10. It does take some time and experience to be able to recognize the differences in grade (where I used the generic terms "superb" and "gem"). With the proof and uncirculated sets you can purchase from the mint, there are 11 possible numeric grades from 60-70. There are a number of books out there that explain grading and try to show how to do so. Learning to recognize the differences does require that you look at a number of different examples in hand. Yet, even the average person is more than capable ot learning to do so! If you are interested in learning this, there are a number of books that would be useful: Official Guide To Coin Grading And Counterfeit Detection by PCGS Photograde: Official Photographic Grading Guide for United States Coins by James F. Ruddy Grading Coins By Photographs: An Action Guide For The Collector And Investor by Q. David Bowers The Official ANA Grading Standards For United States Coins by Kenneth Bressett You can also get apps for your android device (for free) like PCGS Photograde.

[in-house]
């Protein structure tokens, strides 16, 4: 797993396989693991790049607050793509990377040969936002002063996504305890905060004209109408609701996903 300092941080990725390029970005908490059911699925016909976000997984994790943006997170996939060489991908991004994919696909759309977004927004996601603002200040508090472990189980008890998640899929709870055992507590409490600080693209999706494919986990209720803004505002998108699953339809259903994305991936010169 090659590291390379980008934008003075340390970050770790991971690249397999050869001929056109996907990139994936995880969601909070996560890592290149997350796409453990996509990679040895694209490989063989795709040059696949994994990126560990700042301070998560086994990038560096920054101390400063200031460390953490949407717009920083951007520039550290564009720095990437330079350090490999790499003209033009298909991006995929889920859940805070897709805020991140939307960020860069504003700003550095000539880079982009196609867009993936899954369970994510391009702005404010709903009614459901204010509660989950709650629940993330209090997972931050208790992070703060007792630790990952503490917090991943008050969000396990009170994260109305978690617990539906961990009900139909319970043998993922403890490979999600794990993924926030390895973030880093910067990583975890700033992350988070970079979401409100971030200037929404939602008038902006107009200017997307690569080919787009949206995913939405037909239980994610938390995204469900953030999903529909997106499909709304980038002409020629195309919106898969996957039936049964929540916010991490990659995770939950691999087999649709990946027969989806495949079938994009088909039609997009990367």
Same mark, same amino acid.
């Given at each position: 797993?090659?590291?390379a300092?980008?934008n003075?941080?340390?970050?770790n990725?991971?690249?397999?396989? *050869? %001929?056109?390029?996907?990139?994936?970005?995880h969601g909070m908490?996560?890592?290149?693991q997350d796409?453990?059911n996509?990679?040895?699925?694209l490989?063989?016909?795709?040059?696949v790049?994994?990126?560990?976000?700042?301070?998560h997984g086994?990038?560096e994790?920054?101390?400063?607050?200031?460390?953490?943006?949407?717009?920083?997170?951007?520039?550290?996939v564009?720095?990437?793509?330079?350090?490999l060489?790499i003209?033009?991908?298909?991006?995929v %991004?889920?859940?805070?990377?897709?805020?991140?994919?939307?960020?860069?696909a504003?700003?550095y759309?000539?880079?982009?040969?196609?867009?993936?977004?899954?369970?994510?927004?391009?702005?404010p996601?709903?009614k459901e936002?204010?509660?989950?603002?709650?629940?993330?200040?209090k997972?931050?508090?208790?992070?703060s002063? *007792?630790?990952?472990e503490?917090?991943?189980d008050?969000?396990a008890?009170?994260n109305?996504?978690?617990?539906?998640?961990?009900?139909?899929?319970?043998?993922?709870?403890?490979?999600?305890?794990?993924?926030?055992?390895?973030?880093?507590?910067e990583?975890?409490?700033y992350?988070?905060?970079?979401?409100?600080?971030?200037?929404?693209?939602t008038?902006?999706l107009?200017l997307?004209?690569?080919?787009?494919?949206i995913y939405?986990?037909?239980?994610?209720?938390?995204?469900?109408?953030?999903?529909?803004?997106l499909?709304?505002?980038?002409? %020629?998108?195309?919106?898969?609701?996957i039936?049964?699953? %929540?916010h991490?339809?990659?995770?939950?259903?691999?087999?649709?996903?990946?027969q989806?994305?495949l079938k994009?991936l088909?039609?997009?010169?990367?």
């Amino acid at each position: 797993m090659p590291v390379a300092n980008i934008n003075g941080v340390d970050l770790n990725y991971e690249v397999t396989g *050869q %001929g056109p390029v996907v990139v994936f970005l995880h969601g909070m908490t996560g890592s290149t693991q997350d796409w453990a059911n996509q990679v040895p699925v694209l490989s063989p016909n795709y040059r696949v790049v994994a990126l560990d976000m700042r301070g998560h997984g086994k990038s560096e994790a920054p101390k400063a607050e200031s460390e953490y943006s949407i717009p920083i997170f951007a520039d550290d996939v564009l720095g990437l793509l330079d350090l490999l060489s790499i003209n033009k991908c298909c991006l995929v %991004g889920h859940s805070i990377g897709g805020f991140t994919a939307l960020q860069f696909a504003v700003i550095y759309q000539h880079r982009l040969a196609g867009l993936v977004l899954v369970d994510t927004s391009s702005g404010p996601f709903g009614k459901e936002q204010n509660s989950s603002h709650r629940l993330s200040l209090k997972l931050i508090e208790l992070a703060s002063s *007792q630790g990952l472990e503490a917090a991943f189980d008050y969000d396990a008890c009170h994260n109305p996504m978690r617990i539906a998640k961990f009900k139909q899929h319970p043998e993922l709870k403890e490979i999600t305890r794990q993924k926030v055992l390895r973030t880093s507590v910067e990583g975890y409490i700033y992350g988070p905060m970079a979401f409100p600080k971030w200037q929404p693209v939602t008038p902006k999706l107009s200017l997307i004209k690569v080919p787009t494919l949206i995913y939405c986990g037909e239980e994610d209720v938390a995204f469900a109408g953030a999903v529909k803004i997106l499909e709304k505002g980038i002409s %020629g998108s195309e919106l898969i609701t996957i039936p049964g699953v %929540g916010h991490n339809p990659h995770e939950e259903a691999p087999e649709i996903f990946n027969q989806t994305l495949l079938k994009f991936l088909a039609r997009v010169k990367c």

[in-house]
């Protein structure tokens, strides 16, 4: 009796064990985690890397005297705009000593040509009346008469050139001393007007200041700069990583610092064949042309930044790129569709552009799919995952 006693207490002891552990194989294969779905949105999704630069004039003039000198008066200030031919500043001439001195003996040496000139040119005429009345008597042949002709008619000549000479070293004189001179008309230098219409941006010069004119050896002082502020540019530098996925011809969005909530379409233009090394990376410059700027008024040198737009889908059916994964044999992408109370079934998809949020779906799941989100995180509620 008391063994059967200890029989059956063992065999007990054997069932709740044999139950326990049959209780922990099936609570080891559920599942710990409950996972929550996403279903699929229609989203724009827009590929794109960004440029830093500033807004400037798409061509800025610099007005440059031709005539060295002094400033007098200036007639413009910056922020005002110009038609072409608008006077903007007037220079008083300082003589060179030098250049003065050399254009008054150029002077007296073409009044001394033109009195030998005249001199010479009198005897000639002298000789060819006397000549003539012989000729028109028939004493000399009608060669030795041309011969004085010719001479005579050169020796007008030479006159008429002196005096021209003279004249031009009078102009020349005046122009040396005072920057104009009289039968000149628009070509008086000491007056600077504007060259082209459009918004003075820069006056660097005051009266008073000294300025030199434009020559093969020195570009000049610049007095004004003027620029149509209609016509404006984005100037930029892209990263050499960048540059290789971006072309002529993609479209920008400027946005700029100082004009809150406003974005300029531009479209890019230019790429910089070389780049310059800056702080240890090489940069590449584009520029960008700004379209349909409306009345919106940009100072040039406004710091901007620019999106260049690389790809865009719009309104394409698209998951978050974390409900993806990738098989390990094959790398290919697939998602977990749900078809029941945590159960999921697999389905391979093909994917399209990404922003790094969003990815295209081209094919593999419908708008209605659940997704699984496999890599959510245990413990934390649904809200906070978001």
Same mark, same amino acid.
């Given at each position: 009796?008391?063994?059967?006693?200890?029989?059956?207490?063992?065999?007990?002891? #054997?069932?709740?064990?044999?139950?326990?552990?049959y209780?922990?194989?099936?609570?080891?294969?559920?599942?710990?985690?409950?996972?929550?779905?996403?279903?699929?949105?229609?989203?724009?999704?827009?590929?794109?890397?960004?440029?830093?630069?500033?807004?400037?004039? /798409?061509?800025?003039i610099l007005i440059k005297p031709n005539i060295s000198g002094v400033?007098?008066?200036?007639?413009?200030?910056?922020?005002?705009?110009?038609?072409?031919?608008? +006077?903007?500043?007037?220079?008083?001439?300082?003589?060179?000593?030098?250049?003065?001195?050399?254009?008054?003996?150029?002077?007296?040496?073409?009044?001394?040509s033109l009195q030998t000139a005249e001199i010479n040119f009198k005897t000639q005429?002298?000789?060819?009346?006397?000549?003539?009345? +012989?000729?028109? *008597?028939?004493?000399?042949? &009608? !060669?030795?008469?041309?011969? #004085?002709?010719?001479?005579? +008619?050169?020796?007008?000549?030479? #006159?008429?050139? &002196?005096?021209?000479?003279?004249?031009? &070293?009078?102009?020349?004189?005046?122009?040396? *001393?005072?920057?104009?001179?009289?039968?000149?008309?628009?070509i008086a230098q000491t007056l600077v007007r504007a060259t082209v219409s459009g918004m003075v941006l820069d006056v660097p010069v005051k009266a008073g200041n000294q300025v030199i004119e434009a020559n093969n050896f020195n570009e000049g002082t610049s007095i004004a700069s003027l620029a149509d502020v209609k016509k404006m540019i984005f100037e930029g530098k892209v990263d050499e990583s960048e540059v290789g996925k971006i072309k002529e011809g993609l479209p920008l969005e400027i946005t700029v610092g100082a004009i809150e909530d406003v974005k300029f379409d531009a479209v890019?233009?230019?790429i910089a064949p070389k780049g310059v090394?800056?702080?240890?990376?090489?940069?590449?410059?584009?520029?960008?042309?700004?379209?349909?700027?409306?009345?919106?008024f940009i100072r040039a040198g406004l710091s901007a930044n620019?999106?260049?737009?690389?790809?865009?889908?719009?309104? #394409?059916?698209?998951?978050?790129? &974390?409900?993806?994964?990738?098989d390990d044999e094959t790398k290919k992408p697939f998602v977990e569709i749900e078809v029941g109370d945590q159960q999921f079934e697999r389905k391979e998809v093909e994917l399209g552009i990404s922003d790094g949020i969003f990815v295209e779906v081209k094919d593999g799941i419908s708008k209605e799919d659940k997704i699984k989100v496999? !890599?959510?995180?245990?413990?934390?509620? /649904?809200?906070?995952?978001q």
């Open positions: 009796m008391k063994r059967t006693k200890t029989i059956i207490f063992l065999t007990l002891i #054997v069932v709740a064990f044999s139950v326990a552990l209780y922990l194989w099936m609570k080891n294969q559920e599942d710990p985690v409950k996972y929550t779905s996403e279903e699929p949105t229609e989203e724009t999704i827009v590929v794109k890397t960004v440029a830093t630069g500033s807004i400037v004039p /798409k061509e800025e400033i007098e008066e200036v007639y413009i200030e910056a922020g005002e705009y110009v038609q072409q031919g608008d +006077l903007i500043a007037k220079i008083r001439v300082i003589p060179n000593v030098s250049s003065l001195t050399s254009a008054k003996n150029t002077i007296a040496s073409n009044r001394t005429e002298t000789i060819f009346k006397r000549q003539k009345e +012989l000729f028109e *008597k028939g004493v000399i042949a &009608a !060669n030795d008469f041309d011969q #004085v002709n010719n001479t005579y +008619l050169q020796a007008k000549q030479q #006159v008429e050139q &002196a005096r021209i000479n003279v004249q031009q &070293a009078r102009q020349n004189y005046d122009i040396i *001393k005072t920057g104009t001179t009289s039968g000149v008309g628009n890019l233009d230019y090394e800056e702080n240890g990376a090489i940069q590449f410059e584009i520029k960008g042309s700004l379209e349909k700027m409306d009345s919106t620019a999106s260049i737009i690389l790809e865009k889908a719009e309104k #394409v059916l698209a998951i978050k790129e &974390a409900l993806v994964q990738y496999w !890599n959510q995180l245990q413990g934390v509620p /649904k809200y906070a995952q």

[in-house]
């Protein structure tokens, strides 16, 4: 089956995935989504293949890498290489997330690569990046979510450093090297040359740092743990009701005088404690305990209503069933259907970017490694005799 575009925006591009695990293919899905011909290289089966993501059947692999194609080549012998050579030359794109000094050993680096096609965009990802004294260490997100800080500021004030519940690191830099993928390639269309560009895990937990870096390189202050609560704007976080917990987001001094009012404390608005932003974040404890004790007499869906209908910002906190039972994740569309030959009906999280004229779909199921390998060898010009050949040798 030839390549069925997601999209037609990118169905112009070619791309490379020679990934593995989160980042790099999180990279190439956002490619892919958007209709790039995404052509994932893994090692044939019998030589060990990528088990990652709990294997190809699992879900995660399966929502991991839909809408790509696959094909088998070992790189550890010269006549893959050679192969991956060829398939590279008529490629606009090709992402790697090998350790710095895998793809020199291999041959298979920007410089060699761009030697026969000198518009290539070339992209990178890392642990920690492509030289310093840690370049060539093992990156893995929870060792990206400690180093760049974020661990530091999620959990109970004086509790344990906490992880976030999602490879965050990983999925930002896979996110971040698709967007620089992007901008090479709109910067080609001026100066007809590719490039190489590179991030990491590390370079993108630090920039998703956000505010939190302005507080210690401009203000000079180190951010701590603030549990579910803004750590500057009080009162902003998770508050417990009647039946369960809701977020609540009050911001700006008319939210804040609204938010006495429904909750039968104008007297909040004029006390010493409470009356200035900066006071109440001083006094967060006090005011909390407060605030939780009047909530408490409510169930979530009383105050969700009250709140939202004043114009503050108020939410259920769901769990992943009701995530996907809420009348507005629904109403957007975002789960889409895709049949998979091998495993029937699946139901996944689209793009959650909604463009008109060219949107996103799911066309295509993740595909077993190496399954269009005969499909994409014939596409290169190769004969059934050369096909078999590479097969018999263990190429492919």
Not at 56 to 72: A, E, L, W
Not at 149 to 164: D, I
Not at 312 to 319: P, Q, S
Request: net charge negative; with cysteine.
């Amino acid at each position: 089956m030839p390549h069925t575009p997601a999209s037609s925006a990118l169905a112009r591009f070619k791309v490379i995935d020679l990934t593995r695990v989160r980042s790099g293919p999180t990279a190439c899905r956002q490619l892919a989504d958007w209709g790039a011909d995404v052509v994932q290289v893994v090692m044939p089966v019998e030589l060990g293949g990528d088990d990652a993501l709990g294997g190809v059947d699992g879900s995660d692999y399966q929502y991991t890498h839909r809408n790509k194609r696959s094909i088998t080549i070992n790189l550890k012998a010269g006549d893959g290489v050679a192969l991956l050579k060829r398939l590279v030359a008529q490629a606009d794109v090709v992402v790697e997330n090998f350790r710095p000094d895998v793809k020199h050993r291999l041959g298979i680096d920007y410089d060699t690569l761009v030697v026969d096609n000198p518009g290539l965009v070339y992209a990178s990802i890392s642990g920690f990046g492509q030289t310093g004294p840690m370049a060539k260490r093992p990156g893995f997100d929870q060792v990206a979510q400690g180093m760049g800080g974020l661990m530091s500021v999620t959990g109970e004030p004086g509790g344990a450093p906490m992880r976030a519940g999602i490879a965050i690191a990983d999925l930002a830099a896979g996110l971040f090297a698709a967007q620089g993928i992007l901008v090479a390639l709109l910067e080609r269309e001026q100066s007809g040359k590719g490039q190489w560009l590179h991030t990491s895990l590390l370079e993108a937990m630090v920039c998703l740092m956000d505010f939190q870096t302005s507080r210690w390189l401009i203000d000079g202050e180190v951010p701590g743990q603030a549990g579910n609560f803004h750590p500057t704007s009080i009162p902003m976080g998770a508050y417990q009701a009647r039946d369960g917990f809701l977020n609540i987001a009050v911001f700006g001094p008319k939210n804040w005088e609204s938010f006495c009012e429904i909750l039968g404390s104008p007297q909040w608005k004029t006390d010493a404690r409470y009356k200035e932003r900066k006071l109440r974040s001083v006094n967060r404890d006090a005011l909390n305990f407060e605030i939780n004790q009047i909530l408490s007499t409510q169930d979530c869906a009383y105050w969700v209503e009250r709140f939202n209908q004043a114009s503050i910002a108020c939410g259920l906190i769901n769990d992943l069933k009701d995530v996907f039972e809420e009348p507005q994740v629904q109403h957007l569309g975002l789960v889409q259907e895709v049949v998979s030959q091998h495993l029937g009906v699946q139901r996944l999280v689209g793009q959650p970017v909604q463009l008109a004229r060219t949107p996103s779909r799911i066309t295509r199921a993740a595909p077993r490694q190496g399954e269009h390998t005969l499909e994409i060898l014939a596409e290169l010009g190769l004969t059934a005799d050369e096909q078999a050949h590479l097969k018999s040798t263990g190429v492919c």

11. I would have to say you are incorrect in the assumption. There are a number of reasons a dealer might remove coins from their OGP (Original Government Packaging). Rarely, a dealer may break apart sets to create rolls whose premiums may bring a greater profit than the individual sets would bring. Sometimes, there are leftovers from these roll creations, so the coins would be sold as individual pieces. There may also be a market for the dealer for particular pieces being sought for collectors that collect one series, but not another that are packaged together in these sets. So, a number of sets could be broken apart to meet such a demand, while again, the leftovers are sold separately for those who may collect these other series. The most likely reason, however, is probably the dealer buys a number of sets to try to find "superb" examples to send to a TPG (Third Party Grader) in hopes of obtaining a top grade for the coin. Such coins would sell for premiums far beyond the cost of the sets. The leftovers would then, again, be sold individually raw for those who may be seeking such coins for their collections. The individually removed coins would be significantly worth more only if they are of superb quality. In such case, I would believe that the dealer would have already done what I previously suggested with a TPG for his own profit. The individual coins you see at the dealers may only be "gem" quality (that is to say mid-grade quality) which would not necessarily command any significant premium value over the mint's retail cost. If you are purchasing these for a keepsake for your posterity, I would personally continue with the mint subscriptions. If you are hoping that these coins will one day provide some value addition to their inheritance, then I would need to inform you that these modern coins are not a very good investment (even for their silver content). Coins are a high risk investment, and true investment quality rarities are rarely found in modern coin offerings. I hope this helps you, and welcome to the forum. If you have any other questions feel free to ask.